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Like a Bug Swatter, But Not At All

By saying that genetically modified mosquitoes are unlikely to have an detrimental effect on the environment, the US Food and Drug Administration has opened to door for a field test of the insects, according to the New York Times.

The British company Oxitec, which was purchased by Intrexon last year, developed the mosquitoes to control dengue fever. But as dengue is spread by Aedes aegypti, the same mosquito that spreads the Zika virus, interest in using this approach to control Zika has also been piqued. Male bugs are engineered so that after they mate with wild female mosquitoes, the resulting offspring dies before reaching adulthood and the population is suppressed.

The FDA's Center for Veterinary Medicine, which oversees genetically modified organisms, says that as male mosquitoes don't bite, they are unlikely to cause harm to people. In addition, the agency says that if the A. aegypti population is reduced, that it also seems unlikely that another type of mosquito with move.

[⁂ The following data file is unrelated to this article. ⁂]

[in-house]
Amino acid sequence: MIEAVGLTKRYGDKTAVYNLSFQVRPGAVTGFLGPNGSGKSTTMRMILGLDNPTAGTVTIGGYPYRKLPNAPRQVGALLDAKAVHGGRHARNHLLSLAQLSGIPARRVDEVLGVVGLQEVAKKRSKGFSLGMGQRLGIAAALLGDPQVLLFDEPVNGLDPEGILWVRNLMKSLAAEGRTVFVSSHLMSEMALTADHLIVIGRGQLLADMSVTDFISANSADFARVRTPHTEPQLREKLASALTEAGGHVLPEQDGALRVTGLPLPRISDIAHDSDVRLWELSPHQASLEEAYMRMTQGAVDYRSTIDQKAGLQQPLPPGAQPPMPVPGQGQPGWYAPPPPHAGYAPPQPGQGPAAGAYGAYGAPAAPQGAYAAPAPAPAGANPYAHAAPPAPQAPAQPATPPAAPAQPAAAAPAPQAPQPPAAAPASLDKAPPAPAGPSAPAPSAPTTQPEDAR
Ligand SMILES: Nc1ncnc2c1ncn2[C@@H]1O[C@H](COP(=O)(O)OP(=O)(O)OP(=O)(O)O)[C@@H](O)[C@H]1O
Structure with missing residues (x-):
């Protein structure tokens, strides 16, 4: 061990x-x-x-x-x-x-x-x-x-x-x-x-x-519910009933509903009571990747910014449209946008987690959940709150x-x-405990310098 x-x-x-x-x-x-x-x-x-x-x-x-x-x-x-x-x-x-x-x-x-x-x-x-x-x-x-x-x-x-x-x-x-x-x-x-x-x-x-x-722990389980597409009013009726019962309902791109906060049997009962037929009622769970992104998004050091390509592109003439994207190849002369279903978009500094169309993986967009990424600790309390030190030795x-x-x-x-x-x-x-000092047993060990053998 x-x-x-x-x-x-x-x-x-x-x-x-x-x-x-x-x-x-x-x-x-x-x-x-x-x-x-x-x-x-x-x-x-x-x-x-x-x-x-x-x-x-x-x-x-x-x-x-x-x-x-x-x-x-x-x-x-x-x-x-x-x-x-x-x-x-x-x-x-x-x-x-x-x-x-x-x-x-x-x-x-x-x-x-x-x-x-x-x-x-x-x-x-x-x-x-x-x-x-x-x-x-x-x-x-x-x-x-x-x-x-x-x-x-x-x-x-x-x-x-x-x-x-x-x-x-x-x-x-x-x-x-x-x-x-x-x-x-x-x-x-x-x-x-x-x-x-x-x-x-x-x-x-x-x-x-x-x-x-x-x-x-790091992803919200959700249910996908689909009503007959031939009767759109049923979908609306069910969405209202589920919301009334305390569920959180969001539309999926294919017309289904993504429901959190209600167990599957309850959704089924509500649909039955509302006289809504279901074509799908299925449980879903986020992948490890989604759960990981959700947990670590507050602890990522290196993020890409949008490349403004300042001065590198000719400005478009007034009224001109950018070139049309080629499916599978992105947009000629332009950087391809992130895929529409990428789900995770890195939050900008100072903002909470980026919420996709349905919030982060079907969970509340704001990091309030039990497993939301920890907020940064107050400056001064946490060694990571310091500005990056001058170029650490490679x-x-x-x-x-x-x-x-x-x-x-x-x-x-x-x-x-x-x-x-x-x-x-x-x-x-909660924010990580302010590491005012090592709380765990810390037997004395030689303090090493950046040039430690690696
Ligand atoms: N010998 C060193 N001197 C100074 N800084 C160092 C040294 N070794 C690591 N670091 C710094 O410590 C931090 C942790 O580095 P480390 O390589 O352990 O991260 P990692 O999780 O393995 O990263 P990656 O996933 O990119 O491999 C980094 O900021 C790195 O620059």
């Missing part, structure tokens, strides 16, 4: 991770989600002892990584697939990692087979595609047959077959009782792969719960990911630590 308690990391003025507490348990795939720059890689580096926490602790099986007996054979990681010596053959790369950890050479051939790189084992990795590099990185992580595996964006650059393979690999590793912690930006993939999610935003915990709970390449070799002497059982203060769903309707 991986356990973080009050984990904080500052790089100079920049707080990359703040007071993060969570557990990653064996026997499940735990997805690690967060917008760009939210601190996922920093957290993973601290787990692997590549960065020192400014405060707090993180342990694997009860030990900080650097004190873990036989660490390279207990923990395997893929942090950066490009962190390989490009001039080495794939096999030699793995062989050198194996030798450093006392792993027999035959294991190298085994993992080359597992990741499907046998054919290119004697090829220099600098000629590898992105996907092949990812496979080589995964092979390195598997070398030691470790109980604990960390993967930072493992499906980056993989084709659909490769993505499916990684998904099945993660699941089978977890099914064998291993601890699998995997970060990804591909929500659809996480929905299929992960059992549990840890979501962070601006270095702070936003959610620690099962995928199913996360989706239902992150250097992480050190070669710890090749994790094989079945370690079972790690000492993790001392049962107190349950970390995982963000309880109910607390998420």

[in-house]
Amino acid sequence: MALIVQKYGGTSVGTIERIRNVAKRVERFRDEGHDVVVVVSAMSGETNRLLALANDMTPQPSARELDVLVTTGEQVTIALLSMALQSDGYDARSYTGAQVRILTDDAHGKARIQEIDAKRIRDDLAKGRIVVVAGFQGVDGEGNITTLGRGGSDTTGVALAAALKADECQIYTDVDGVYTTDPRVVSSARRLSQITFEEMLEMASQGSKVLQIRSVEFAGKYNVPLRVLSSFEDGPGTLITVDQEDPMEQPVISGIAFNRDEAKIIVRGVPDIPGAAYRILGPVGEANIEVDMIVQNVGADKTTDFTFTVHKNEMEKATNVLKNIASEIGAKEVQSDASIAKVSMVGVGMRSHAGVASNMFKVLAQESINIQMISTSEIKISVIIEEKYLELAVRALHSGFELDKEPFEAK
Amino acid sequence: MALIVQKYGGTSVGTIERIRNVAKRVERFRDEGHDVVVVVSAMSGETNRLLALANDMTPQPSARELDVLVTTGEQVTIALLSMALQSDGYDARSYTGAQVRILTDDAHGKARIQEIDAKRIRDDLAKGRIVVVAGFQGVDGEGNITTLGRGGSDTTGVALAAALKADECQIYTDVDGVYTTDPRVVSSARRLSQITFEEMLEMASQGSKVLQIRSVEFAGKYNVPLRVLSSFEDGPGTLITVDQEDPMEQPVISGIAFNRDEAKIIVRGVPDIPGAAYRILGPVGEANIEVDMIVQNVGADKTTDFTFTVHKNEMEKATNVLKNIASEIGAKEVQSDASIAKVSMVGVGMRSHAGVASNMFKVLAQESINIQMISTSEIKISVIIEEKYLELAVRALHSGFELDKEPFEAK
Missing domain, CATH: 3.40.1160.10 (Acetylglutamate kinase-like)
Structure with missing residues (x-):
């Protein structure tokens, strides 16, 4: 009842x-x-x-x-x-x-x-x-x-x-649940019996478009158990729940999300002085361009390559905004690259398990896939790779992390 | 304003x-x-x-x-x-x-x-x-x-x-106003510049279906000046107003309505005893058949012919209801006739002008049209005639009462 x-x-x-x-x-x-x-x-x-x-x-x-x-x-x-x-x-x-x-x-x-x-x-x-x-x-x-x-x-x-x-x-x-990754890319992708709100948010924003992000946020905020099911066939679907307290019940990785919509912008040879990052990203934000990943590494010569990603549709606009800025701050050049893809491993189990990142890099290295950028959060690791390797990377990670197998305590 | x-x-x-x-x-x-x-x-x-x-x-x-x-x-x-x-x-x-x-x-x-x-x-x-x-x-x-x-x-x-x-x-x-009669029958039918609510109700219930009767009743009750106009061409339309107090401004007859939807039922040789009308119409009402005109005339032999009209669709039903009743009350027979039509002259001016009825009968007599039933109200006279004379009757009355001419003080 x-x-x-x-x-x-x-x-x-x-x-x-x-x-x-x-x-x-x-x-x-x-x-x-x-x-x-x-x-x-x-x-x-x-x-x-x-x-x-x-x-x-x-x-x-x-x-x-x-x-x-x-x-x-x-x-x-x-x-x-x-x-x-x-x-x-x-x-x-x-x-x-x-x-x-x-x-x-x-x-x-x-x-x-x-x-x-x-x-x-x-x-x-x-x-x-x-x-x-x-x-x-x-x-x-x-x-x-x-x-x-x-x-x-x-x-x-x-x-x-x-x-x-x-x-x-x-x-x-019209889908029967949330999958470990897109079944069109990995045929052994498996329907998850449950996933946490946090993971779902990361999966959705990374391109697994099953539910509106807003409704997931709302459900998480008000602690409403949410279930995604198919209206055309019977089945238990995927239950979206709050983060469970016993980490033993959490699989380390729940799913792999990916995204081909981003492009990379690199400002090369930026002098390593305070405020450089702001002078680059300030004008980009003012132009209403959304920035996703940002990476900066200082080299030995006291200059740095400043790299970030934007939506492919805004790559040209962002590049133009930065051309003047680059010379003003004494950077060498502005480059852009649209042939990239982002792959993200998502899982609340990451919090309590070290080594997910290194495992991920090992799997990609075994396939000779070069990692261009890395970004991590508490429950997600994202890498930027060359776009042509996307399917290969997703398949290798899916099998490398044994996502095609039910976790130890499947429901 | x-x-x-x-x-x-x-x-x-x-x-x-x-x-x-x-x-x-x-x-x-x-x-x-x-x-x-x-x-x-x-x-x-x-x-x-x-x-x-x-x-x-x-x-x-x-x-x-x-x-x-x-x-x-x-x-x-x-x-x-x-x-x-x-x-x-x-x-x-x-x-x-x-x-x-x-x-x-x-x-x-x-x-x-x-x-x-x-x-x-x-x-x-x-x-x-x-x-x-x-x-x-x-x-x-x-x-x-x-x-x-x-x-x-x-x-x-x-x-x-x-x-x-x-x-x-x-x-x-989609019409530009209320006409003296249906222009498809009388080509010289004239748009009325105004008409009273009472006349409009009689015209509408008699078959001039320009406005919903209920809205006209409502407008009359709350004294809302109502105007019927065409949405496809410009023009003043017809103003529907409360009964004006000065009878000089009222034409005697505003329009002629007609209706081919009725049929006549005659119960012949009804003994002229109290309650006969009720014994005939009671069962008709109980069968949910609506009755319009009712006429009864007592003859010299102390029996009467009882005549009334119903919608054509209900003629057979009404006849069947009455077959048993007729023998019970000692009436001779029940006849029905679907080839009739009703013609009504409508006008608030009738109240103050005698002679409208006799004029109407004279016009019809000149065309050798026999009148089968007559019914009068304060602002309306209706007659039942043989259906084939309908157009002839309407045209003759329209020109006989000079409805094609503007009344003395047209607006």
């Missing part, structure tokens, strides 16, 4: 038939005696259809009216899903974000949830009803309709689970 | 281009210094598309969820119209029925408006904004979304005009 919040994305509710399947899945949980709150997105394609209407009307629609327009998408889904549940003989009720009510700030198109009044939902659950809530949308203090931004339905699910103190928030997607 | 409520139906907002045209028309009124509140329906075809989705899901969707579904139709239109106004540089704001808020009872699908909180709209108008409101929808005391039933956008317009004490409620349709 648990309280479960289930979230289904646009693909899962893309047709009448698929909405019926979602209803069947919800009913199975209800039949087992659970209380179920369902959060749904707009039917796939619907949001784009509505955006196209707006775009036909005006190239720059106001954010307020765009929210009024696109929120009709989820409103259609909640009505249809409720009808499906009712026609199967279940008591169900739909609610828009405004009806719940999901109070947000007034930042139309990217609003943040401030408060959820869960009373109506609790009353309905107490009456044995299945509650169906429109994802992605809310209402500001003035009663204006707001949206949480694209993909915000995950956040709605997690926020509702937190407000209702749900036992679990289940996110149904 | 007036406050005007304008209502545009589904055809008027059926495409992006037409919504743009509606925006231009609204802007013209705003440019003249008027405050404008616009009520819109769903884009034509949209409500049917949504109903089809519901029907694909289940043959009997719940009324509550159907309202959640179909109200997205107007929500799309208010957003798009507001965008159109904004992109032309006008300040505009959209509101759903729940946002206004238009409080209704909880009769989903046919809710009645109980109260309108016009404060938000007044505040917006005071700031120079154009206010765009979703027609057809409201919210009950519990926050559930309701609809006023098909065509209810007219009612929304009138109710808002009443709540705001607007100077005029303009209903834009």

This, the Times say, may enable Oxitec to go forward with a field test in Key Haven, Fla., though final approval for the test will likely take months as public comments are assessed. Some residents in the area have expressed opposition to such testing.

Oxitec is also seeking to perform testing in Puerto Rico, which has reported cases of Zika, and in the Southeast, the Associated Press adds.

The company has already conducted tests in Brazil, where it says the use of their bugs can lead to a 90 percent drop in mosquito population size.